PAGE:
(click to enlarge photos)
In Jean Sherrard’s “now,” five nurses from Swedish Hospital’s oncology ward stand at or close to what was once the southeast corner of Columbia Street and Summit Avenue. This was also the prospect for Asahel Curtis’s “then,” recorded early in the twentieth century when this First Hill neighborhood was still known for its stately homes, big incomes and good manners.
With about 110 years between them, both Sherrard and Curtis are sighting to the northwest, and both their photographs are only the center thirds of wide panoramas. Sherrard’s shows Swedish Hospital’s lobby during a renovation. Curtis’s pan at its full width is merged from three negatives. It reaches from the northeast corner of Columbia and Summit, on the right, to far west down Columbia, on the left. (The full pans of both now hang in the lobby of Town Hall, the former Fourth Church of Christian Science, another First Hill institution on the southwest corner of Eighth Avenue and Seneca Street.)
The big home, centered here at the northwest corner of the intersection, was built for the Seattle banker-industrialist, Charles J. Smith. He in turn sold it to the doctor-surgeon Edmund Rininger in 1905, about the time Curtis visited the corner, perhaps at Rininger’s request. With his wife Nellie and daughter Olive, Rininger moved into the house next door on Columbia, in order to set about building his Summit Avenue Hospital at the corner.
The surgeon’s plans were fatally upset on July 25, 1912,å when, while driving home from a house call in Kent, the forty-two year old Rininger, alone in his motorcar, collided with a Puget Sound Electric Railway train. With the death of her husband, Nellie Rininger sold the nearly completed hospital to the Swedish Hospital Association in the spring of 1913. As part of this fateful transfer, Nellie Rininger also gifted her late husband’s large medical library and his then new x-ray machine to Swedish Hospital.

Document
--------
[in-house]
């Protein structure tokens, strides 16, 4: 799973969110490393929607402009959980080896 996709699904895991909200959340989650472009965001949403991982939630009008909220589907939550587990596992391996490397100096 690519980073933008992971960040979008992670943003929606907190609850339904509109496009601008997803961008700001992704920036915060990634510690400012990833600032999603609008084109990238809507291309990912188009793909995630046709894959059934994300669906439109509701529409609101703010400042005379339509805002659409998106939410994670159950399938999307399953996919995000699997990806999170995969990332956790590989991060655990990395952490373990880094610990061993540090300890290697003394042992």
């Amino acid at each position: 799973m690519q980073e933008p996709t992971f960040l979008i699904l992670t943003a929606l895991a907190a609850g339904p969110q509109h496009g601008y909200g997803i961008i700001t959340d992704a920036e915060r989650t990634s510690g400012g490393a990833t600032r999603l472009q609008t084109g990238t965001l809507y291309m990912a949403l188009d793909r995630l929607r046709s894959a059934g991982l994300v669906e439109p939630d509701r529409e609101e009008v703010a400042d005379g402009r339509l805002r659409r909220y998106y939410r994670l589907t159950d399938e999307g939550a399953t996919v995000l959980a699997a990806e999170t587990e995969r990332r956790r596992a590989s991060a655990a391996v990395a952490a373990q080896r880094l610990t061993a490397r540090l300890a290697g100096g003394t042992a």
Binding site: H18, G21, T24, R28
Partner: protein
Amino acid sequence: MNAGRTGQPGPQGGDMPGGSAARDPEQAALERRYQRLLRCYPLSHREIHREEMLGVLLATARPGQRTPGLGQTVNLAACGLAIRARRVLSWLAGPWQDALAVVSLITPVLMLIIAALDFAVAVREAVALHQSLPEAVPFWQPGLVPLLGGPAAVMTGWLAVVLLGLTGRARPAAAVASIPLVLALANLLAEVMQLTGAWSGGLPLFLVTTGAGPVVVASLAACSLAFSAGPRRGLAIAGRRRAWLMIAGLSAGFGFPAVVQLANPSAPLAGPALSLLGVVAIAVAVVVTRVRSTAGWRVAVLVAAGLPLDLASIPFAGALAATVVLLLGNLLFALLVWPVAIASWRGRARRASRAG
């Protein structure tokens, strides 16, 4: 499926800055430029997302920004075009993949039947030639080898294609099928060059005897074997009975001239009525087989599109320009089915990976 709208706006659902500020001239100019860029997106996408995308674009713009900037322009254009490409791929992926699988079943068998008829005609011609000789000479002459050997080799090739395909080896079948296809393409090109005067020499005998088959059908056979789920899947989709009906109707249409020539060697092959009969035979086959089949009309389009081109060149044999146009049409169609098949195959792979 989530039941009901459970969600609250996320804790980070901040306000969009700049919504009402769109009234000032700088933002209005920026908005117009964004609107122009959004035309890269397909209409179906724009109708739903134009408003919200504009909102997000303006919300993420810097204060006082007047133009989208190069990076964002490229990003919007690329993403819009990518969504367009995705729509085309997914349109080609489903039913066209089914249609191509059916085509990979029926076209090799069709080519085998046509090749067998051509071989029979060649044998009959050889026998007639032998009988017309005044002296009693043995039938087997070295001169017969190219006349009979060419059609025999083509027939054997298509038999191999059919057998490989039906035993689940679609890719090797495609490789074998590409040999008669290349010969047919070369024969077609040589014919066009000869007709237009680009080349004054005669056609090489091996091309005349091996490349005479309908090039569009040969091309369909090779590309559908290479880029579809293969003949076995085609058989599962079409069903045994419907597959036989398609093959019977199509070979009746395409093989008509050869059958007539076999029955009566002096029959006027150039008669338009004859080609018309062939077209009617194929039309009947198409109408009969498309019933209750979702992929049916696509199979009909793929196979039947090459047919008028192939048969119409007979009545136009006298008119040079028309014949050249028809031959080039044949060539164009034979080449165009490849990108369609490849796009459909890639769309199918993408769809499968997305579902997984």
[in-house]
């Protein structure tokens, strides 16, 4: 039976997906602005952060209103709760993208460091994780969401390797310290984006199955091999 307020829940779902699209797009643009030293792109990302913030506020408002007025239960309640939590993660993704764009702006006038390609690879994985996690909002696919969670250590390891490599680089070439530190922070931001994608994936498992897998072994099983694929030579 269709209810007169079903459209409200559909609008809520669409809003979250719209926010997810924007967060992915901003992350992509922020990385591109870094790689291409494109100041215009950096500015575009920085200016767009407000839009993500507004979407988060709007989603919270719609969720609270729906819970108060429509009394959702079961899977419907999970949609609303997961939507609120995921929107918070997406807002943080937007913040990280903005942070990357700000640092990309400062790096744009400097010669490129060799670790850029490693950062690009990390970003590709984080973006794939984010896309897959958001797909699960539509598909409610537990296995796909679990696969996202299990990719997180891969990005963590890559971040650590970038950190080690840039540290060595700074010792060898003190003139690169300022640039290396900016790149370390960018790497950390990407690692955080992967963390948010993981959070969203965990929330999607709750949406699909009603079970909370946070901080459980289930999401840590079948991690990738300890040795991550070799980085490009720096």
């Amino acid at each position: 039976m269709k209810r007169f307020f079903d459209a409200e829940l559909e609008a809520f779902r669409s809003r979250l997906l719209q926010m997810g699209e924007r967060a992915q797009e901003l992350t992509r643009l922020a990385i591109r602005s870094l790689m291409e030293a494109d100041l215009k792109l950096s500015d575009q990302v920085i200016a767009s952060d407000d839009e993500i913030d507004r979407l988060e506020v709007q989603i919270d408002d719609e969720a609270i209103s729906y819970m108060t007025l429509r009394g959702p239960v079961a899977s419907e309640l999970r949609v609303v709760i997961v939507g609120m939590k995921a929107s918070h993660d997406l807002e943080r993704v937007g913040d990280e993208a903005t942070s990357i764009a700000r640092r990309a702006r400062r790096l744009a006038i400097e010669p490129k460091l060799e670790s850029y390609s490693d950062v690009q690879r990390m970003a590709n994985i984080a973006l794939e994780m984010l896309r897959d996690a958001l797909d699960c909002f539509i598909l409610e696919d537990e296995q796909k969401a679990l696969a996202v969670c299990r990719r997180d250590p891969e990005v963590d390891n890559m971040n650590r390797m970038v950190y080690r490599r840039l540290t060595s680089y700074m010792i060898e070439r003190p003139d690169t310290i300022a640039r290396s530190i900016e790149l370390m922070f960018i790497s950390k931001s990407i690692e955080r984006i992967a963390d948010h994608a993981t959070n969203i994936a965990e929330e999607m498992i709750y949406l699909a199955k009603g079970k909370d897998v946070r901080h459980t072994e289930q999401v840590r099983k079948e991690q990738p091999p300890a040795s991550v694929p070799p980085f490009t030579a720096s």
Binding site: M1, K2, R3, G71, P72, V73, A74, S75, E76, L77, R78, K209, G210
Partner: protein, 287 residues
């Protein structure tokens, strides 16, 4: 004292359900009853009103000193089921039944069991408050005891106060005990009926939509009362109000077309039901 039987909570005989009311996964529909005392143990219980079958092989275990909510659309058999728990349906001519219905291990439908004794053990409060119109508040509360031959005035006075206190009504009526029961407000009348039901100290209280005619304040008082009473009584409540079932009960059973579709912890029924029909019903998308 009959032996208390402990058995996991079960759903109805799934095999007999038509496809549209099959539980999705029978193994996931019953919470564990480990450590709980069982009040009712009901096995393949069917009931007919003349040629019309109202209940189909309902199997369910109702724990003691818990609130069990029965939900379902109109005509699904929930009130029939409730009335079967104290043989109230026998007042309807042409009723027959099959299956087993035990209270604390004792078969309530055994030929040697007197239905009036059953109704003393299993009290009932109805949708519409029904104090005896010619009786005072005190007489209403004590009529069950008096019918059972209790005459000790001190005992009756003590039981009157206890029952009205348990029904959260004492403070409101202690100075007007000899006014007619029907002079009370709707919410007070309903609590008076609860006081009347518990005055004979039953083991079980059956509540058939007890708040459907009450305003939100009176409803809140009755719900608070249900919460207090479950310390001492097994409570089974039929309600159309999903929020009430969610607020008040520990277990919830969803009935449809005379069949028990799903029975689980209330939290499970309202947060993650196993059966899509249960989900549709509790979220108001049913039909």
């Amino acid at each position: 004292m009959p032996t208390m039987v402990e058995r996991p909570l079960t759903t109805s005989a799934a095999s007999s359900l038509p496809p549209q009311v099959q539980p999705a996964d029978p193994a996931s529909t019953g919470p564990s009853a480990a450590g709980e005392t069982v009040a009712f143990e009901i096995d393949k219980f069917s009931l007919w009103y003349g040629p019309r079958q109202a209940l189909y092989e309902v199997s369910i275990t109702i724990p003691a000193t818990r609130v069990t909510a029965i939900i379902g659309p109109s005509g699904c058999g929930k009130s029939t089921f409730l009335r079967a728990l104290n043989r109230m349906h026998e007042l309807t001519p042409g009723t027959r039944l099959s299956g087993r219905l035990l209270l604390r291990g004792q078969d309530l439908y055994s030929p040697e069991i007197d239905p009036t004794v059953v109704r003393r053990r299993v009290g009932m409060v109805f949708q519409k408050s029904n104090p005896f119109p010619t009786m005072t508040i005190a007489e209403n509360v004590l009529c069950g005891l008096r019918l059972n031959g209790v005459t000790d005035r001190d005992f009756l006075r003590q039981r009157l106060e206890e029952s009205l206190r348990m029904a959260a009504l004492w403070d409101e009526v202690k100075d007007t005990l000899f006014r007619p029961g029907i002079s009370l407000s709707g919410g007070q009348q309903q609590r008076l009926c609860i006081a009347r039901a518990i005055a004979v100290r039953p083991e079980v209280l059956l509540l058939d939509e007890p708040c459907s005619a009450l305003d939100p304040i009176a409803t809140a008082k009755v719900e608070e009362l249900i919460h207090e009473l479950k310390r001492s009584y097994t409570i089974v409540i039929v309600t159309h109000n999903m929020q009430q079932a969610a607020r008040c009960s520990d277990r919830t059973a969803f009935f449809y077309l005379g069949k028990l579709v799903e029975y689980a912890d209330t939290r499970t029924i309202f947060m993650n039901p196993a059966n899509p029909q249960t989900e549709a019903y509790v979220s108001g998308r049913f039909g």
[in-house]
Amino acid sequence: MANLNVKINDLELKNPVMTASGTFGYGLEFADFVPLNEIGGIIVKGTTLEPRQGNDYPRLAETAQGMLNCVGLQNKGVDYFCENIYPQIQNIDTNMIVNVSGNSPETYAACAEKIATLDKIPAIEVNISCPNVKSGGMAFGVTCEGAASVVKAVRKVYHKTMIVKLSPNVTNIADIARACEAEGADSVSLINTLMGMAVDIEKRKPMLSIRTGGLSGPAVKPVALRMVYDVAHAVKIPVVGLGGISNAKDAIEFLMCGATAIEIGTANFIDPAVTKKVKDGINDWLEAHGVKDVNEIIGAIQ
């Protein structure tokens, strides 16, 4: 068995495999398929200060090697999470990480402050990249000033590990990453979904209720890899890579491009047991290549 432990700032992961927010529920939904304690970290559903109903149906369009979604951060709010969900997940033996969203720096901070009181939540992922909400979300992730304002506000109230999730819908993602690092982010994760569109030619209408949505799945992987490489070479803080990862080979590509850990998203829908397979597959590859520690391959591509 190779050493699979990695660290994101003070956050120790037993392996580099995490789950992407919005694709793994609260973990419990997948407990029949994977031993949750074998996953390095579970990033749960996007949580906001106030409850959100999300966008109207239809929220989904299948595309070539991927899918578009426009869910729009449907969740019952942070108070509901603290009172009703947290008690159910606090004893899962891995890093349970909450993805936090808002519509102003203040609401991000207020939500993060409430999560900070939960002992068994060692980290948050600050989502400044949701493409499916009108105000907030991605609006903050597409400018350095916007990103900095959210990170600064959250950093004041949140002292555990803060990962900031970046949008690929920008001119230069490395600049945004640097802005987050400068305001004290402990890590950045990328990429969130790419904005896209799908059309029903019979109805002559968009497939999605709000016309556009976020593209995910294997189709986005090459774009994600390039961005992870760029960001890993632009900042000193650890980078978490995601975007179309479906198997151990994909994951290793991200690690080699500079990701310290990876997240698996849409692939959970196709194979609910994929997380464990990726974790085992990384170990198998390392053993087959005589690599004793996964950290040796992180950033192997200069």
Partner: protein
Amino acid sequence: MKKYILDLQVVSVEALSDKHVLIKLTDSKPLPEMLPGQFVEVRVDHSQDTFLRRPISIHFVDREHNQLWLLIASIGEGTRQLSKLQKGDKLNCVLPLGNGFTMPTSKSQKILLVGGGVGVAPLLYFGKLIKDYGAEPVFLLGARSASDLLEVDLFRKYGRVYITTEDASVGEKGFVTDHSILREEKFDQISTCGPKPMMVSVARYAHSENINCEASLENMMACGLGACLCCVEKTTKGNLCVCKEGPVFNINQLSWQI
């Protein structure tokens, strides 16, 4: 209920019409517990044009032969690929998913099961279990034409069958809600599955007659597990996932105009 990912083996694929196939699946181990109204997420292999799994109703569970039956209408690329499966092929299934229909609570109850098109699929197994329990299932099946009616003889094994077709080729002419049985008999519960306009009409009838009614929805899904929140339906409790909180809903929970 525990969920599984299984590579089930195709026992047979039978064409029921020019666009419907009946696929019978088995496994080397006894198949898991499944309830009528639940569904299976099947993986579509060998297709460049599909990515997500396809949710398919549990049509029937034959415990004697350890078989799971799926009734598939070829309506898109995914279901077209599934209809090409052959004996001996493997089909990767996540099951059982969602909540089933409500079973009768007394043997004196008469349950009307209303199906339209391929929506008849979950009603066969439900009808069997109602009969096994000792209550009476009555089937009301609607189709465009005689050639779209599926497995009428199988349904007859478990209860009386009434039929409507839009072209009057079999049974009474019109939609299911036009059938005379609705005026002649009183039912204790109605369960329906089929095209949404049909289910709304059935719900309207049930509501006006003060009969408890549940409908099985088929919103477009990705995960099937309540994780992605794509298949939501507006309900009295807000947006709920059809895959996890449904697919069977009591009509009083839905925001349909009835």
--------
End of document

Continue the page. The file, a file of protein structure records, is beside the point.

Both the china and linen monogramed SAH for Rininger’s Summit Avenue Hospital came with the sale. No doubt for reasons of economy the Swedish Hospital Association (SHA) decided to use both in spite of the reordering of the letters.
Anything to add, Paul? Yes Jean and again with help from Rod Edge. First, several links below, and all include features that relate to the neighborhood and sometimes just beyond it. Some will be found twice, perhaps even thrice. The most relevant feaure is probably the last one about the General Hospital. It first appeared here not so long ago. Also featured here is my “mea culpa” (I am guilty) confession concerning my flubs with the the Anderson mansion, and my humble correction.
SOME OTHER HOSPITALS ON THE HILL
BACK TO THE CORNER